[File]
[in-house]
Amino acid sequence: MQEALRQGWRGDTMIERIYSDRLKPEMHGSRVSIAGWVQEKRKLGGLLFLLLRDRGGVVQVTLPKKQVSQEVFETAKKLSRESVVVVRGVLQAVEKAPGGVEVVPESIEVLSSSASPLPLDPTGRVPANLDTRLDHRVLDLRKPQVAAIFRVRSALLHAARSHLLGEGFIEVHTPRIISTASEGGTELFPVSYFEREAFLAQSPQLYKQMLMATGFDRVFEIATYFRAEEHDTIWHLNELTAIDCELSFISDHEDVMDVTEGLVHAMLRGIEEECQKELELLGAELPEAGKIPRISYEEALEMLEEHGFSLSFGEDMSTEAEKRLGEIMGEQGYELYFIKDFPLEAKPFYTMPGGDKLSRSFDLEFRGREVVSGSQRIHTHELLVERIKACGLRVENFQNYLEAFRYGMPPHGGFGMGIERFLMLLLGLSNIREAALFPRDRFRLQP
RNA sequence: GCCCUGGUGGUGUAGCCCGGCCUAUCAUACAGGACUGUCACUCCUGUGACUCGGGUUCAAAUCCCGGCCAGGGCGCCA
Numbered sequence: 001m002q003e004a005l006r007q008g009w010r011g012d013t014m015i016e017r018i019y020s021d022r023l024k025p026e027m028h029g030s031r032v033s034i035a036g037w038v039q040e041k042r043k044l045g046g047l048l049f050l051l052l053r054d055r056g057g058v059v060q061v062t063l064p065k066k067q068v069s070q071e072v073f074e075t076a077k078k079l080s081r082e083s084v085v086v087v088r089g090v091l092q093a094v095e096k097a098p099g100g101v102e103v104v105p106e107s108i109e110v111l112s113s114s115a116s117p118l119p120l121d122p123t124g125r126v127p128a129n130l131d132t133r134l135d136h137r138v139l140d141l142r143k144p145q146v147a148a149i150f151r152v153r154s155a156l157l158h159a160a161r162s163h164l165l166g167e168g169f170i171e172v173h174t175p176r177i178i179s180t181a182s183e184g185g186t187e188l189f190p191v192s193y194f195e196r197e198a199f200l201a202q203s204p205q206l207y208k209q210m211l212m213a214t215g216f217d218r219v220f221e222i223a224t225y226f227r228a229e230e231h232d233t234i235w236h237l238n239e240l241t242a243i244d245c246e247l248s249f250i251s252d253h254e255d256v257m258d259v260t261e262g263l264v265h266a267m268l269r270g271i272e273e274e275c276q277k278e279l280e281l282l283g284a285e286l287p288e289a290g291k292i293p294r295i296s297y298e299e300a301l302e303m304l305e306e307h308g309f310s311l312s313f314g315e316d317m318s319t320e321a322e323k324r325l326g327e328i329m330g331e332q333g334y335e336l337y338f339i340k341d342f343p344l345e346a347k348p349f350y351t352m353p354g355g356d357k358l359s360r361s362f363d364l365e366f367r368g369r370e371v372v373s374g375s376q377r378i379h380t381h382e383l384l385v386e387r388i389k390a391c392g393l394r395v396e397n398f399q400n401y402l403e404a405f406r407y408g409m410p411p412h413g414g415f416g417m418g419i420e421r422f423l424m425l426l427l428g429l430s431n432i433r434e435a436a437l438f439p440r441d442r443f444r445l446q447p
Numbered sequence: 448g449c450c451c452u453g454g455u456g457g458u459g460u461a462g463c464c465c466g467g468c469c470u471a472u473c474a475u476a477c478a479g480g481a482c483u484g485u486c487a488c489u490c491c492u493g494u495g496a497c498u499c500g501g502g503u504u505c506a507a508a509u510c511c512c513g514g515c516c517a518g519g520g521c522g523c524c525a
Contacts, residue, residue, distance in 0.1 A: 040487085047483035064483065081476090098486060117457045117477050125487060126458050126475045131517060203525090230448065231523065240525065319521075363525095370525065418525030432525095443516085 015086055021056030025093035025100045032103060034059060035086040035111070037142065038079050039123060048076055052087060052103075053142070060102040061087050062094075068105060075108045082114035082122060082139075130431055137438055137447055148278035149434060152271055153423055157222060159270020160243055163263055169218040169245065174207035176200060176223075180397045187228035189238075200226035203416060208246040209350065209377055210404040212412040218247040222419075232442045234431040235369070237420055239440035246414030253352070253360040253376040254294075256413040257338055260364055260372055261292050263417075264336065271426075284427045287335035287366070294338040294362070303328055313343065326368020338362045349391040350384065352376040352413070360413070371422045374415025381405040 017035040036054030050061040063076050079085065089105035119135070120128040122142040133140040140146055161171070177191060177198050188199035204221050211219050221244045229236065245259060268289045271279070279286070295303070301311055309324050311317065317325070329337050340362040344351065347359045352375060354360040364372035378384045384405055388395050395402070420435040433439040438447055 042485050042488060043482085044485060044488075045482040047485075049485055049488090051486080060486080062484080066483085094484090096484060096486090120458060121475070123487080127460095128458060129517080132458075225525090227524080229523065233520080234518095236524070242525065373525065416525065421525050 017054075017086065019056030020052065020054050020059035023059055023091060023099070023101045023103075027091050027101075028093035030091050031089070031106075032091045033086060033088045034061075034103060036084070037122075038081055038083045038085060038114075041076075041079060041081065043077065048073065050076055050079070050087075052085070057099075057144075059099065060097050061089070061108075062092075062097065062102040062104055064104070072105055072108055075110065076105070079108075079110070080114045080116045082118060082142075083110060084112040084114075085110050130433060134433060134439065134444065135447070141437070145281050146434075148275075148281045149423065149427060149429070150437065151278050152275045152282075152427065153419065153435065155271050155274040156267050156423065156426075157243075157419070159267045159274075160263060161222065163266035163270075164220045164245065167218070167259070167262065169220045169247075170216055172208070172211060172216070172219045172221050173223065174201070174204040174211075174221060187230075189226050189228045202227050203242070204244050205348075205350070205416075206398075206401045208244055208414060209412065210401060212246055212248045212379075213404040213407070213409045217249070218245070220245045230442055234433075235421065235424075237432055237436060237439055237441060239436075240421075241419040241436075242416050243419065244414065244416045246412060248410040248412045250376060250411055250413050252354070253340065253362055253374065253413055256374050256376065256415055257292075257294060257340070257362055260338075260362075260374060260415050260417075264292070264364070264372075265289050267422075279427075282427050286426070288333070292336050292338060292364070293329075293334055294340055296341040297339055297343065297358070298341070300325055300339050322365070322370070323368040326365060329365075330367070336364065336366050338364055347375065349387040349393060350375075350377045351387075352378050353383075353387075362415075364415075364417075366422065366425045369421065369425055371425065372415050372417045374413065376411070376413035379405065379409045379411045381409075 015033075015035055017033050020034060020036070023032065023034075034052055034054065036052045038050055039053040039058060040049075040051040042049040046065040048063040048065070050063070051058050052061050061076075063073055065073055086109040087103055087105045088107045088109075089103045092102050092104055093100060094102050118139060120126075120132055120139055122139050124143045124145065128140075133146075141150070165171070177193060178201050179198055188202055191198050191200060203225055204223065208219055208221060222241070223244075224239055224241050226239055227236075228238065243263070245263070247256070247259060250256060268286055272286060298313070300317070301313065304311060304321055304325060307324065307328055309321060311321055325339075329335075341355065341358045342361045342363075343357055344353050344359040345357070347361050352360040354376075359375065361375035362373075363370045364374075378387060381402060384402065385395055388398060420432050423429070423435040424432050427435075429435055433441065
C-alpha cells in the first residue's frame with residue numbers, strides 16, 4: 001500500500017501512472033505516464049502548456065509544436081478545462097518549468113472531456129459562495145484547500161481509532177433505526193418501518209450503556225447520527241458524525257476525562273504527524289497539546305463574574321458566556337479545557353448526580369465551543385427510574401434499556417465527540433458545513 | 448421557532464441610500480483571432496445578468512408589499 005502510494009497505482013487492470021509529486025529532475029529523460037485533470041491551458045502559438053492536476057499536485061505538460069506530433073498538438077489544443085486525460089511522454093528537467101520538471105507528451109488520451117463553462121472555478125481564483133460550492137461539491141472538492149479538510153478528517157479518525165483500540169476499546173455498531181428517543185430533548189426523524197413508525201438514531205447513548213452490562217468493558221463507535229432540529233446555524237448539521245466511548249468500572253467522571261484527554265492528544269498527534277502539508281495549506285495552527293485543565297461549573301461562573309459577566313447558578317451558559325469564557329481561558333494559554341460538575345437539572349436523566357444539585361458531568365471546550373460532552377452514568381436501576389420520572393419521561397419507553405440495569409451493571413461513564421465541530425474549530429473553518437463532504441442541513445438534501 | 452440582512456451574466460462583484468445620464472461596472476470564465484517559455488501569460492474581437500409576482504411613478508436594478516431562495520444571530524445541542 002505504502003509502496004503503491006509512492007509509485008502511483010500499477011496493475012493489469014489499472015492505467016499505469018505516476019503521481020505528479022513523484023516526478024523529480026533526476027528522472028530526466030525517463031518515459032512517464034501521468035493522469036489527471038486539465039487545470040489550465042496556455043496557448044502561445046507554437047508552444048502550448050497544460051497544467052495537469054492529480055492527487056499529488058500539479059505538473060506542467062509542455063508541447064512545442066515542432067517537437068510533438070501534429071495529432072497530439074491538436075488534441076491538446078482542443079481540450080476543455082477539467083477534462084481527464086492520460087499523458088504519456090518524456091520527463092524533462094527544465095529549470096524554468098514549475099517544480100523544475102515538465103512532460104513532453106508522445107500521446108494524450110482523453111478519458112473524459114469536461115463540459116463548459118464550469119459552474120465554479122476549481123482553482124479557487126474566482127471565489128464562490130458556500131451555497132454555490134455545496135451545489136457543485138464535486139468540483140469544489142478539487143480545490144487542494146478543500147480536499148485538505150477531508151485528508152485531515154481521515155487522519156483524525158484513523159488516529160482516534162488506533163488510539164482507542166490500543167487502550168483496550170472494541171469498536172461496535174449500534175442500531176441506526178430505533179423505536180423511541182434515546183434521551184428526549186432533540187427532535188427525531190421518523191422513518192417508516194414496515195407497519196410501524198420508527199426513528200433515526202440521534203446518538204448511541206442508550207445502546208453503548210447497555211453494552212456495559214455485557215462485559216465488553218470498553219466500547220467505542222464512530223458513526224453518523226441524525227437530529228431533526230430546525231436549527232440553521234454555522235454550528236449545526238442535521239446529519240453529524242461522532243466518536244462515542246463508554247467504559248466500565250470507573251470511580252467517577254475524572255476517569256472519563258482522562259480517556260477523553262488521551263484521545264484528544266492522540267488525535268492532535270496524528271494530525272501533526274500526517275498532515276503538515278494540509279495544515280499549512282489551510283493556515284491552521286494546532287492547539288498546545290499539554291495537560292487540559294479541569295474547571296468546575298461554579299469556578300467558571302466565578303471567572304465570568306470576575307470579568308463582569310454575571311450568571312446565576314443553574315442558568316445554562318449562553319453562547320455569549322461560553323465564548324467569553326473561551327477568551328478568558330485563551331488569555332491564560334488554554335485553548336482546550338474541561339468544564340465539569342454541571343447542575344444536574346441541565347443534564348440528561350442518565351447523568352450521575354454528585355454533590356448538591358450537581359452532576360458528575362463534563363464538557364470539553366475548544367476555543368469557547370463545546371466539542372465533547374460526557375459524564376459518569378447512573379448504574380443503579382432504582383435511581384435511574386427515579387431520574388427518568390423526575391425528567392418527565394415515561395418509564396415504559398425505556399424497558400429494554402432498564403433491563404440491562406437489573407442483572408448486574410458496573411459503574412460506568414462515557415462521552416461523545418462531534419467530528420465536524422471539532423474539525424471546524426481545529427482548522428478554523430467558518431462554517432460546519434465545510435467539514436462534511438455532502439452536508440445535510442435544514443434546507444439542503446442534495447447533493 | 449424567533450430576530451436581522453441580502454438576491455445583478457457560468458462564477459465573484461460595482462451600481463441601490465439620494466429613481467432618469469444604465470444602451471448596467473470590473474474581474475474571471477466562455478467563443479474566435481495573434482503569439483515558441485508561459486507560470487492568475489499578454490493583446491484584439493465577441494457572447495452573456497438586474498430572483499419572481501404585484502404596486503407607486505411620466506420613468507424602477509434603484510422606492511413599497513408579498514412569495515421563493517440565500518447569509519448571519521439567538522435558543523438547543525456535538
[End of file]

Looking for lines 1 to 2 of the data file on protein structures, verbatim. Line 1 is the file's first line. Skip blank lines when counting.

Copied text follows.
[in-house]
Amino acid sequence: MQEALRQGWRGDTMIERIYSDRLKPEMHGSRVSIAGWVQEKRKLGGLLFLLLRDRGGVVQVTLPKKQVSQEVFETAKKLSRESVVVVRGVLQAVEKAPGGVEVVPESIEVLSSSASPLPLDPTGRVPANLDTRLDHRVLDLRKPQVAAIFRVRSALLHAARSHLLGEGFIEVHTPRIISTASEGGTELFPVSYFEREAFLAQSPQLYKQMLMATGFDRVFEIATYFRAEEHDTIWHLNELTAIDCELSFISDHEDVMDVTEGLVHAMLRGIEEECQKELELLGAELPEAGKIPRISYEEALEMLEEHGFSLSFGEDMSTEAEKRLGEIMGEQGYELYFIKDFPLEAKPFYTMPGGDKLSRSFDLEFRGREVVSGSQRIHTHELLVERIKACGLRVENFQNYLEAFRYGMPPHGGFGMGIERFLMLLLGLSNIREAALFPRDRFRLQP